The Dar es Salaam Port has a huge potential to become the regional powerhouse and substantially contribute to the country’s economic growth if it gets the right and strategic investment to improve and boost its operations.
From the strategic point of view, the Dar es Salaam port is well positioned to serve more land-linked countries at cost-efficient services thus giving it a high comparative advantage over its peer ports.
However, failure to get the right and strategic partner has for years derailed the Dar Port’s efforts to boost its efficiency and contribution to the country’s Gross Domestic Product (GDP) and job creation.
For example, for more than 20 years when the Tanzania International Container Terminal Services (TICTS) was serving its contract of container handling at the port, the capacity of the Dar Port rose to the maximum of 17 million tonnes in only a year.
In its strategy aimed at boosting the capacities of its three ports namely the Dar es Salaam, Tanga, and Mtwara, the Tanzania Ports Authority TPA) targets 27.5 million tonnes of cargo by the 2024/2025 financial year but this is still below Mombasa port capacity of 34 million tonnes annually.
The TPA forecasts to reach a target of 30 million tonnes by 2030 or going beyond. To make this dream a reality there is a need for a right and strategic partnership investment.
The Dar es Salaam Port not provide a gateway for 90 per cent of Tanzanian trade but is also the access route to six land-linked countries namely Malawi, Zambia, Burundi, Rwanda, and Uganda, as well as the Democratic Republic of Congo (DRC).
DP World, Manager of Business Development Research and International Relations for the Middle East and Africa Region, Mr AbdulAziz Al Marzooqi said recently in an interview that the Dar port has great potential to transform itself into Africa’s trade and logistic hub.
“The Dar es Salaam port has a great potential to connect African countries with their global counterparts that have fast-growing economies and contribute largely by increased port businesses,” he said.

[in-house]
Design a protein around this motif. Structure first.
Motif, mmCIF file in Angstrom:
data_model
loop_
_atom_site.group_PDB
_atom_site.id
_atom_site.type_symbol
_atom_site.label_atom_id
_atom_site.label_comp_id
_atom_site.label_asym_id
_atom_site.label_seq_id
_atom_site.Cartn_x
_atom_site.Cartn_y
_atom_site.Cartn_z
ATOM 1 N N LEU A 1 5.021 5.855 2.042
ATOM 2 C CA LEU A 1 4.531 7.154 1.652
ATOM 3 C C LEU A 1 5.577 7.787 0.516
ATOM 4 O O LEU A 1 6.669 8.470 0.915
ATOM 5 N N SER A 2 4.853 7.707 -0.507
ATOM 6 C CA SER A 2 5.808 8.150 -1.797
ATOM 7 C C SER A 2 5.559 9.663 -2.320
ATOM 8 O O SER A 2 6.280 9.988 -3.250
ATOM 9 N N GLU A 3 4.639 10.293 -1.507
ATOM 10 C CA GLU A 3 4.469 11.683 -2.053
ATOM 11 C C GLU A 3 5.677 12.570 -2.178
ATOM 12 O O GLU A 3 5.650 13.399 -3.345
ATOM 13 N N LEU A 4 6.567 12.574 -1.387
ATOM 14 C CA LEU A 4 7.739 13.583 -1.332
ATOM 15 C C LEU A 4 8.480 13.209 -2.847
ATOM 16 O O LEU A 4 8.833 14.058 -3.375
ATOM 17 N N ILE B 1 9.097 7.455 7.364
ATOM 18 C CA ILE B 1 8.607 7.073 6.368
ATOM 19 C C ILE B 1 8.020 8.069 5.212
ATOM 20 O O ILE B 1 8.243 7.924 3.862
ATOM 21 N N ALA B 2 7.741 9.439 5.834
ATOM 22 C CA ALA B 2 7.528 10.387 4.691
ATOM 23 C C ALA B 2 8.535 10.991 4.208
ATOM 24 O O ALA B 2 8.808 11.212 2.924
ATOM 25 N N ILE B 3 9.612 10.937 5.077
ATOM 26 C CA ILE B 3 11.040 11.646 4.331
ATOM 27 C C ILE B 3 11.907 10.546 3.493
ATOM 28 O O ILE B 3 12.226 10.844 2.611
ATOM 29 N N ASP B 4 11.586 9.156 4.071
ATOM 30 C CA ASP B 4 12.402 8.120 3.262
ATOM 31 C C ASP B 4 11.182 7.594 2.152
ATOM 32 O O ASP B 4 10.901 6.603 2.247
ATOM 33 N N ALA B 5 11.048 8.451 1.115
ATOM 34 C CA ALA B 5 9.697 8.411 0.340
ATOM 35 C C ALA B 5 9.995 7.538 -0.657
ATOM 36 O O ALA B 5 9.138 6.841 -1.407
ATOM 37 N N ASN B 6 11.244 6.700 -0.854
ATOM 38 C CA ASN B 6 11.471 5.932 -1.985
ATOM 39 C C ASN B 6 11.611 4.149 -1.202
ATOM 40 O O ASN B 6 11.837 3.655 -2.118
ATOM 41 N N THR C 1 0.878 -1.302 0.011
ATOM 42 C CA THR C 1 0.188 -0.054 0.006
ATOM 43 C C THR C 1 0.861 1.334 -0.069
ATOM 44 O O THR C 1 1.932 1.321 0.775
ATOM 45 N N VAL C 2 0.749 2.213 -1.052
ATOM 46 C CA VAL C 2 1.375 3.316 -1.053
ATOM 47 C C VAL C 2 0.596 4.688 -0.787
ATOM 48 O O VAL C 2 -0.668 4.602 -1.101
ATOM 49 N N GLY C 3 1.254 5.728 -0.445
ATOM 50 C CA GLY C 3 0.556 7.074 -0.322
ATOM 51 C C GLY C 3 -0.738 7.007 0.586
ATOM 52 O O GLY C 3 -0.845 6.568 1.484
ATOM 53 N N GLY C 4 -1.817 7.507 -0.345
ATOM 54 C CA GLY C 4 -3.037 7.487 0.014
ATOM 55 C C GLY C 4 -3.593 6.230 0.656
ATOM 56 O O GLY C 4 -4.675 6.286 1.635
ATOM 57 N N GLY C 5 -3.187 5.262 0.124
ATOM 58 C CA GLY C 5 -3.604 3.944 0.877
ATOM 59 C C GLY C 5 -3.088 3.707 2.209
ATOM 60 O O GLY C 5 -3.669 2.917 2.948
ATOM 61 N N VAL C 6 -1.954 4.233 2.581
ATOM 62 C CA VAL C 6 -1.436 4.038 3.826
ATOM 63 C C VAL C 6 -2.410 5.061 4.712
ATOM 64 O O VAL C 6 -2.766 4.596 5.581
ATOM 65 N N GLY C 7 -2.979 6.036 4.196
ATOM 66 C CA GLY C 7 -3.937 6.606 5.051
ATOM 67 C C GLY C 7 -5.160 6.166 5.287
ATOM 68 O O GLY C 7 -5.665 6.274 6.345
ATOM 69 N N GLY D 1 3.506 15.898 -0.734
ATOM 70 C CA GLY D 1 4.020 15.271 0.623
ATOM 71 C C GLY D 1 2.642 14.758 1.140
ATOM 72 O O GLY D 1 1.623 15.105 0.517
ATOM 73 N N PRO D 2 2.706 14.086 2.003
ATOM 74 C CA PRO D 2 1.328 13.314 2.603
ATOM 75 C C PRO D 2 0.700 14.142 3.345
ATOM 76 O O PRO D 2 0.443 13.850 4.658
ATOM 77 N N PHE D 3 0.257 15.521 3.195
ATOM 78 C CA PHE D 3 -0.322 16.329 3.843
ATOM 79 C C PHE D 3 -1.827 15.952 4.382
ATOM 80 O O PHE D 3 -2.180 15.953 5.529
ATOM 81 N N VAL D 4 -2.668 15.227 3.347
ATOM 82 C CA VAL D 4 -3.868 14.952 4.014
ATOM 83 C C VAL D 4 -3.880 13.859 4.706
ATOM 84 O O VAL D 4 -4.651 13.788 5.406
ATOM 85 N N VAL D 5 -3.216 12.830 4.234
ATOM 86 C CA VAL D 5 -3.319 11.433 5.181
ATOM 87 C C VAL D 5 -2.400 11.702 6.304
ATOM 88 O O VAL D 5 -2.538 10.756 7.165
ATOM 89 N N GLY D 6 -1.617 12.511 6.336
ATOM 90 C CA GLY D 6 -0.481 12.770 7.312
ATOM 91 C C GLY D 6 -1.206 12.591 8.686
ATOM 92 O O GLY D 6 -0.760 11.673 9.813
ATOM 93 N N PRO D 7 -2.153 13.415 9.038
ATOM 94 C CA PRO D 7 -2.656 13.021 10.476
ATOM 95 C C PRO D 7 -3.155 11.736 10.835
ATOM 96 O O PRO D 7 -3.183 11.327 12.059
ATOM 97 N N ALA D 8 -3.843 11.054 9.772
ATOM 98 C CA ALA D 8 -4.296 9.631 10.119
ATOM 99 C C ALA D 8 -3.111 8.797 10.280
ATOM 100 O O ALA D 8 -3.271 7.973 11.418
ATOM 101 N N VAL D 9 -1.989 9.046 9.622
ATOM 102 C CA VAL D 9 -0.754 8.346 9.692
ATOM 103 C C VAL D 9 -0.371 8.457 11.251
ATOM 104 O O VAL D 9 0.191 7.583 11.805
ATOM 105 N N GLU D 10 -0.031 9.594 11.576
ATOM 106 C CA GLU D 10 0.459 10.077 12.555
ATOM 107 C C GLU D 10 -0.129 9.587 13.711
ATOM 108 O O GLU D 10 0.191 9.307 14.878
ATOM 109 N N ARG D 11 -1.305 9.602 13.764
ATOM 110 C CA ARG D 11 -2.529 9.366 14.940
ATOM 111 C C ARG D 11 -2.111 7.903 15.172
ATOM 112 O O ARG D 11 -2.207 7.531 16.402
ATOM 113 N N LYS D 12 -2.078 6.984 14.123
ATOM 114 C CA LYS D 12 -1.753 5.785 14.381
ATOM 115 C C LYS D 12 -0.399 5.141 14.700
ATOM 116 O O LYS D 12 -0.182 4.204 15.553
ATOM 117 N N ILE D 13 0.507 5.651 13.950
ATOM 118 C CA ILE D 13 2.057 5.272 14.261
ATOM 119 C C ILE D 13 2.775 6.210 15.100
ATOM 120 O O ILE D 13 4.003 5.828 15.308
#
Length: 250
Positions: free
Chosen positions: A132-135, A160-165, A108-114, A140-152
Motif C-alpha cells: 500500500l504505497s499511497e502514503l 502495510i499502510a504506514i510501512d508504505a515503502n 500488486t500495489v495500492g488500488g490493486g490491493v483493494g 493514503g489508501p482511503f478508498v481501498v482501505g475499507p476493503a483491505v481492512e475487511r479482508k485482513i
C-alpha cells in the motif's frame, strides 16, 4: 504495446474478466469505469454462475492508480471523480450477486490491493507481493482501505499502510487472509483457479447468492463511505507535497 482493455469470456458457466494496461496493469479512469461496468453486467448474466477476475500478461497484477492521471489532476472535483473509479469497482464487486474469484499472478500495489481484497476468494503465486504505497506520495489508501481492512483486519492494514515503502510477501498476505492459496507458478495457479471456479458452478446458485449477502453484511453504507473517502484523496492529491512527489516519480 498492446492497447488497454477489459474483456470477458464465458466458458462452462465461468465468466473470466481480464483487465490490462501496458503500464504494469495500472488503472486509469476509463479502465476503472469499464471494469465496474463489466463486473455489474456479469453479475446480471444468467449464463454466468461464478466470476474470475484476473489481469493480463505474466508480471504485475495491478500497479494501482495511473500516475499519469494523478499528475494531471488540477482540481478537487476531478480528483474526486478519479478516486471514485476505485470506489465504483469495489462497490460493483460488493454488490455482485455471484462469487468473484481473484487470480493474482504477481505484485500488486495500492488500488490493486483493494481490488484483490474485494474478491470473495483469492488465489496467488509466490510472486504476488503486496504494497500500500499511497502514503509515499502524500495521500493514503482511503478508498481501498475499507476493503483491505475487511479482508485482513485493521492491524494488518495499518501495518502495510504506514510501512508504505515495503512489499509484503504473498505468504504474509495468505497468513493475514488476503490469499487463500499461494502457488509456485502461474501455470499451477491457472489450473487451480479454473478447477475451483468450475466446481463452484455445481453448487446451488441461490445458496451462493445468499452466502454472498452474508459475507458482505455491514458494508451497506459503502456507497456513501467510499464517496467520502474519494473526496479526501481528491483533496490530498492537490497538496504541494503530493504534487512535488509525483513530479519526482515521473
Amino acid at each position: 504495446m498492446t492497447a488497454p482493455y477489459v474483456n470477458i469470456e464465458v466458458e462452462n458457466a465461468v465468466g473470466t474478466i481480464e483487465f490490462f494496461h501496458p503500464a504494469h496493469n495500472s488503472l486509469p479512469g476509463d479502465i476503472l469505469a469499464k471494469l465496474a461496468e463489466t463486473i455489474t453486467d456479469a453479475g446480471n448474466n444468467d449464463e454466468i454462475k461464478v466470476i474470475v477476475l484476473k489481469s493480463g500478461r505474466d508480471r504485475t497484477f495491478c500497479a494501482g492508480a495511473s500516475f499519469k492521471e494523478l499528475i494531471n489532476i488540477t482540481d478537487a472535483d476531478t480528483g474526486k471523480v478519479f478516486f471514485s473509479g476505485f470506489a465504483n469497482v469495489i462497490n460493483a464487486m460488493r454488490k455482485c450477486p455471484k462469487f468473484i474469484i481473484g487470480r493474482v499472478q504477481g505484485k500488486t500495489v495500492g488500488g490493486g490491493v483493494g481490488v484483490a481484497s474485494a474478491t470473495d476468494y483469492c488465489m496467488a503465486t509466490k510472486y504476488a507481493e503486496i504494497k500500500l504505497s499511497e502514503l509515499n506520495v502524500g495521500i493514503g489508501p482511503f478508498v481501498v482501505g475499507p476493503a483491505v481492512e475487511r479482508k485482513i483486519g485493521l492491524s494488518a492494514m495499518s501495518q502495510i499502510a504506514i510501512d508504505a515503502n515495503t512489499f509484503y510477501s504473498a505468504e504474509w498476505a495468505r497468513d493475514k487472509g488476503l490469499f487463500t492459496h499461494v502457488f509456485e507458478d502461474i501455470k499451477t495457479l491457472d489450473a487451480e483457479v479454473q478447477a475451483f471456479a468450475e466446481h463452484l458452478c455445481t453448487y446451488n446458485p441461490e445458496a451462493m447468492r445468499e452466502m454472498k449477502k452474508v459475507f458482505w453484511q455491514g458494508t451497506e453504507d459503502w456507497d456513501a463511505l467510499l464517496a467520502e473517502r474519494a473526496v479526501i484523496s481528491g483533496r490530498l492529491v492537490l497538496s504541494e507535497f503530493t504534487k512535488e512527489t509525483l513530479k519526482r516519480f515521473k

For example, as of October this year, the DP World, the Dubai-based global port, currently operates four terminals at Jebel Ali Port, which contributes 33 per cent to Dubai’s economy.
Similarly, Singapore port, one of the world’s busiest ports that play an essential role in global trade currently contributes over 10 per cent of Singapore’s economy and creates jobs for more than 180,000 people.
It is from this backdrop that the Dar es Salaam port needs to get the right and strategic partner to bring about the transformation of its operations to compete with peer ports and enhance its contribution to economic growth.
Equally, after the exit of the private container handling company TICTS at the Dar port, it is high time for the TPA to find the right partner investor to make a serious investment in modern port facilities and infrastructures that will boost the port efficiencies.
TPA and TICTS parted ways recently after the latter had served its container handling contract at the Dar es Salaam port for 22 years.
The TPA Director General, Mr Plasduce Mbossa said recently that there is a need for more investments in port infrastructures to enhance port capacity and efficiency which will boost revenue and lower the cost of goods and services.
“Therefore, we must invest in modernising our ports to contain and capitalise on the huge demand for port services from the neighbouring countries,” he said.
He said the contribution of ports to the economy is huge including revenues as well as the cost of goods and services in the country.
He said the huge investment made by the government had improved the operational efficiency of the country’s ports which created a huge demand for port services from the neighbouring countries.
“A lot is being done by the sixth phase government on port infrastructure investments including installation of modern cargo handling facilities…. “With these, we have witnessed rising cargo volumes and strong demand for our port services from land-linked countries,” he said.
He said to stay at the heart of competition with regional and global ports, the improvement of operational efficiency is of no compromise.